6. “For what reason are you determined to go away, leaving us all of a sudden? Have you perhaps to complain of some lack of attention on our part, which has roused your fears? If this is the case, you suspect us without reason, it must have been an omission.”

The Bodhisattva replied:

7. “My departure has a good reason. Not that so trifling a matter as ill-treatment has irritated me, but because you have ceased to be a vessel of [204] righteousness in consequence of your deceitful beha-viour, for this reason I set out from hence.”

At this moment the king's favourite dog came running to the Bodhisattva in a hostile manner and barked at him with wide-opened mouth. Pointing at this dog, he said again: “Why, let this animal bear witness to the case, Your Majesty.

8, 9. Formerly this dog was accustomed to fondle me; then he was imitating your example. But now he betrays your feelings by his barks, for he does not know how to feign. Surely, he must have heard from you harsh words on my account, as will happen when former affection has been destroyed; and now, forsooth, he is acting up to them, that he may please you; for such is the behaviour of servants who eat the bread of their lord.”

This reproof filled the king with shame, and made him cast down his eyes. The acuteness of mind of the Bodhisattva touched him and moved his heart. He thought it was not proper to continue his false protestations of love, and bowing reverentially to him, spoke:

10. “You were indeed the subject of such conversa-tion as you said. Audacious people used that language in my council, and I, absorbed in business, overlooked the matter. You must forgive me, then, and stay here. Pray, do not go.”

The Bodhisattva said: “Surely, it is not on account of ill-treatment that I want to go, Your Majesty, nor am I driven out by resentment. But considering it is now no proper time to stay here, Your Majesty, for this reason I go. Do but take this in view.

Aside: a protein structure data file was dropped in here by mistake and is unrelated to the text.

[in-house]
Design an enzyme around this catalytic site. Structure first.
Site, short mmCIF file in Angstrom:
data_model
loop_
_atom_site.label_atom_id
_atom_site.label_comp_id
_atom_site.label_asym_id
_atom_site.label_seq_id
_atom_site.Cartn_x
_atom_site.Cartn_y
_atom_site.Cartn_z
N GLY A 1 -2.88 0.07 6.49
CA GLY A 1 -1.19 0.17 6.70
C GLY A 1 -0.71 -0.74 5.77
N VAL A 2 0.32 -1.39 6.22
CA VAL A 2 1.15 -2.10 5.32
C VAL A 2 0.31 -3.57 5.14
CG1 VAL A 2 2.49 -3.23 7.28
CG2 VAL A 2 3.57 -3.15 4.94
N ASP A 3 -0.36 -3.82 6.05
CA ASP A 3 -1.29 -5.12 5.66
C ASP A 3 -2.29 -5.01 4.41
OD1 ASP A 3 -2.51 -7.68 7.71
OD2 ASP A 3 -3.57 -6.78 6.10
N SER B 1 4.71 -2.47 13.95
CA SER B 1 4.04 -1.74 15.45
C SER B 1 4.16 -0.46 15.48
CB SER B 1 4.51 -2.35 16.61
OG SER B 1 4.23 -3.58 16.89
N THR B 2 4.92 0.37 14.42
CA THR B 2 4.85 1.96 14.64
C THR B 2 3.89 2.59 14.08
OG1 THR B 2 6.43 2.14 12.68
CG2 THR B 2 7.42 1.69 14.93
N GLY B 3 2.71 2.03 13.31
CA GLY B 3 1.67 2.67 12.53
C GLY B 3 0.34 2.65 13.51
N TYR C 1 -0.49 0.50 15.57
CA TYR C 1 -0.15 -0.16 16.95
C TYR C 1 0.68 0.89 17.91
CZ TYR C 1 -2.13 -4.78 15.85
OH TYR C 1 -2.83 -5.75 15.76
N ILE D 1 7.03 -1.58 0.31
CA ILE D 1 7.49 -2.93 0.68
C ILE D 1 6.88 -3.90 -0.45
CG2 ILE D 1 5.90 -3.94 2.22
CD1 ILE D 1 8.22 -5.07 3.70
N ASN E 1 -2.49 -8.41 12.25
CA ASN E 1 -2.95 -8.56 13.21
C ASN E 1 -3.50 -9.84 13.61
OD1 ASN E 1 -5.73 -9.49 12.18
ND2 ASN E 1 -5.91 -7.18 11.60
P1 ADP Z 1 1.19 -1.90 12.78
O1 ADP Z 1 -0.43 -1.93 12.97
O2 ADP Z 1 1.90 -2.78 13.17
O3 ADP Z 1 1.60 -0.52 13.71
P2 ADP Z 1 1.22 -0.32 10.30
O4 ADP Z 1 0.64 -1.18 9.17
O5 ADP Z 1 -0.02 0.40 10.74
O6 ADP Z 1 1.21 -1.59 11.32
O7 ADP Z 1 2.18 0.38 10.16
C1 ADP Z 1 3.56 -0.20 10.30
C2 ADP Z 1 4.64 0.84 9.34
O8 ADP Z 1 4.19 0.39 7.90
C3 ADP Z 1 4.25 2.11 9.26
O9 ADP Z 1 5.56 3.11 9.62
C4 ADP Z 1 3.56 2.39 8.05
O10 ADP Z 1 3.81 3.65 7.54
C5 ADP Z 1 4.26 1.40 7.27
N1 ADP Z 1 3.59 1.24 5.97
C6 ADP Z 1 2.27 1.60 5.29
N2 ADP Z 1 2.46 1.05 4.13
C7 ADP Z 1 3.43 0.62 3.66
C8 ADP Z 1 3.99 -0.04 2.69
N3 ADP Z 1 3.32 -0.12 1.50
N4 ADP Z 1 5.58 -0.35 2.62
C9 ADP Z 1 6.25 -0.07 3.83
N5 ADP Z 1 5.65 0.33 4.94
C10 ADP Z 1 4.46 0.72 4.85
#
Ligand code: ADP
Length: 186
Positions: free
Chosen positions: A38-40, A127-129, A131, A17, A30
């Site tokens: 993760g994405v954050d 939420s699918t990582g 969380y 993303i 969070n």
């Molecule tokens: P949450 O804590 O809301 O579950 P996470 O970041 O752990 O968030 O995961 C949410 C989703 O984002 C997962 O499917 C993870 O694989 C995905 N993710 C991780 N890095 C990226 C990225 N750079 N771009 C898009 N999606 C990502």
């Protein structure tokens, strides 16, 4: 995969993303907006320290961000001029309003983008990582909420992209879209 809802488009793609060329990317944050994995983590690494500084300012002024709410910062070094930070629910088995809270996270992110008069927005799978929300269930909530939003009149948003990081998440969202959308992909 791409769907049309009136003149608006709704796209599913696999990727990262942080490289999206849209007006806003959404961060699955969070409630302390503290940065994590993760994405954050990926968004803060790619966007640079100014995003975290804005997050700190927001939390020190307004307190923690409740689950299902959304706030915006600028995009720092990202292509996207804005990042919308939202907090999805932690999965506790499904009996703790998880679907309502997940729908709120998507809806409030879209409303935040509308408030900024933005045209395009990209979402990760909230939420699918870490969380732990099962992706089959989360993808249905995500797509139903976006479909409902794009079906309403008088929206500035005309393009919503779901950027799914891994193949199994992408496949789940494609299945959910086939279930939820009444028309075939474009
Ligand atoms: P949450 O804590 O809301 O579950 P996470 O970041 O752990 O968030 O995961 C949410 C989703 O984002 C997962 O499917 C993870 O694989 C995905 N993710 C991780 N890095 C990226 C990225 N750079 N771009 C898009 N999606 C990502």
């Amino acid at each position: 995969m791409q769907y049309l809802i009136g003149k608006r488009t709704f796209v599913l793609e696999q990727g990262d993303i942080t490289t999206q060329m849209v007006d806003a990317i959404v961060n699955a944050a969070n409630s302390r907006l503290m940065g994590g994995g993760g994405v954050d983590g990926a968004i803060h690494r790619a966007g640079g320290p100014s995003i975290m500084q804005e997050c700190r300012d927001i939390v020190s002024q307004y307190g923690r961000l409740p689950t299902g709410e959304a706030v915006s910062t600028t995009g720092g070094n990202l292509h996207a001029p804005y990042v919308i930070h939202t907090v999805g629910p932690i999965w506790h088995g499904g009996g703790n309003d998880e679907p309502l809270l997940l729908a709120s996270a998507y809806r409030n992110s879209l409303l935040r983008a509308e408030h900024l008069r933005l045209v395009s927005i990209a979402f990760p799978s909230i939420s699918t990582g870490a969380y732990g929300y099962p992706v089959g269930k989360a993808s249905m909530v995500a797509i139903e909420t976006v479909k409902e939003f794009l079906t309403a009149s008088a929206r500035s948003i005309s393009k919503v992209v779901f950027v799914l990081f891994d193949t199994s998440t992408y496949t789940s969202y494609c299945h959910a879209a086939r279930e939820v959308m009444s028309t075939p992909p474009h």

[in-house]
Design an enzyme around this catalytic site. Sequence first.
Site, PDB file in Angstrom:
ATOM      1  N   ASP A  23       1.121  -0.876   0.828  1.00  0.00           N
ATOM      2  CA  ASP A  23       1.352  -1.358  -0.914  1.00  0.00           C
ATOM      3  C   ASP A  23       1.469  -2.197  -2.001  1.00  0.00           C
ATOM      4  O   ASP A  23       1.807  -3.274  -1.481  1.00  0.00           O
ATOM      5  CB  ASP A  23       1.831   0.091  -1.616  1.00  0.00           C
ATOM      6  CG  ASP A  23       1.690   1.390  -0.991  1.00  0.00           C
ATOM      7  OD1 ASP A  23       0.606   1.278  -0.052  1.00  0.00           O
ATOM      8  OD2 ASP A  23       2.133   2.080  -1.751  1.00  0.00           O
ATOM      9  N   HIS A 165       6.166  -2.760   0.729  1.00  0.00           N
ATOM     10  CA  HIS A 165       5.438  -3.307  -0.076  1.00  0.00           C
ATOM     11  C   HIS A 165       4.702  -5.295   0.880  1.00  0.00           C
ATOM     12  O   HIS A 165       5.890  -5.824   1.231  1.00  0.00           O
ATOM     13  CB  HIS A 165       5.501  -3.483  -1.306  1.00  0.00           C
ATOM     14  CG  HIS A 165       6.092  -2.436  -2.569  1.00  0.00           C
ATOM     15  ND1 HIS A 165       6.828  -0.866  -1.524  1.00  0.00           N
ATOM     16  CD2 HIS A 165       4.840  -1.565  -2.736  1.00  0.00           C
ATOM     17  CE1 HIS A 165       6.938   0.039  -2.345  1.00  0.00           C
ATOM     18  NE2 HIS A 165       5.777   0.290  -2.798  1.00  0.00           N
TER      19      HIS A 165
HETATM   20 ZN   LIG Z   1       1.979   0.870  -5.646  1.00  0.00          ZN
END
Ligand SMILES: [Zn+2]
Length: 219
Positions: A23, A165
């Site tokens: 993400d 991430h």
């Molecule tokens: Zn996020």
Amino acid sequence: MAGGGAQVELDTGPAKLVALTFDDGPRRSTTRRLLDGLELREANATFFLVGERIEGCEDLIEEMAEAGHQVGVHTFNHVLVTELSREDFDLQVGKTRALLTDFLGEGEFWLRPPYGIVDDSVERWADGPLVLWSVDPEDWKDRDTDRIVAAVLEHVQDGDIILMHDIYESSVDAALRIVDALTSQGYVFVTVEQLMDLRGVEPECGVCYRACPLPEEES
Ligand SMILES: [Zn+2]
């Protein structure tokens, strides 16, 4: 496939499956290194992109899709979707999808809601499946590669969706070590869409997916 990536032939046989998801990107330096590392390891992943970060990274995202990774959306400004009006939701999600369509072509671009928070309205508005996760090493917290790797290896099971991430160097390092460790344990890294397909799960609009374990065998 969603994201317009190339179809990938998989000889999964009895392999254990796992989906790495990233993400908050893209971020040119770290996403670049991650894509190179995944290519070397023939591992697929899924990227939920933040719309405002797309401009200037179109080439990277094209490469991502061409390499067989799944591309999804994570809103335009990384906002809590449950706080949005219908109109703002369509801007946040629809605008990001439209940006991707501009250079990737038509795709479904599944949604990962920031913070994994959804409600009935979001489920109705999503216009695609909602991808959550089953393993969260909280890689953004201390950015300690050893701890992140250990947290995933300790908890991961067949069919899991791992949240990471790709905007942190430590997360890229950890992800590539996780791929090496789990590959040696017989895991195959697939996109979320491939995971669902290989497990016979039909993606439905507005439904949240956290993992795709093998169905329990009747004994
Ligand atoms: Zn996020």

11. If, either by attachment or from apathy, I should not go of my own accord now, as I needs must, after the honourable hospitality shown to me has lost its beauty, having become an ordinary one, verily, would it not hereafter come to the point that I should be seized by the neck and turned out?

12. Not with a heart sore with hatred am I about to leave you, but considering this the proper course to [205] follow now. Former benefits are not effaced from the heart of the pious by the stroke of one affront.

13. But an ill-disposed man is not fit to be had for a patron, no more than a dried-up pond will serve him who is in want of water. If profit may be gained from the side of such a one, it requires much care to acquire it, and the result will be meagre and not unmixed.

14. He, however, who desires ease and dislikes trouble, must attend only on such a patron who has composed his mind and by his placidity resembles a great lake of pure water in autumn. So is the well-known line of conduct approved of men.

15. Further, he who is averse to one intent on showing his attachment; likewise he who, attending on somebody who dislikes him, afflicts himself; thirdly, he who is slow in remembering former benefits - such persons bear only the shape of a man and raise doubts as to their real nature.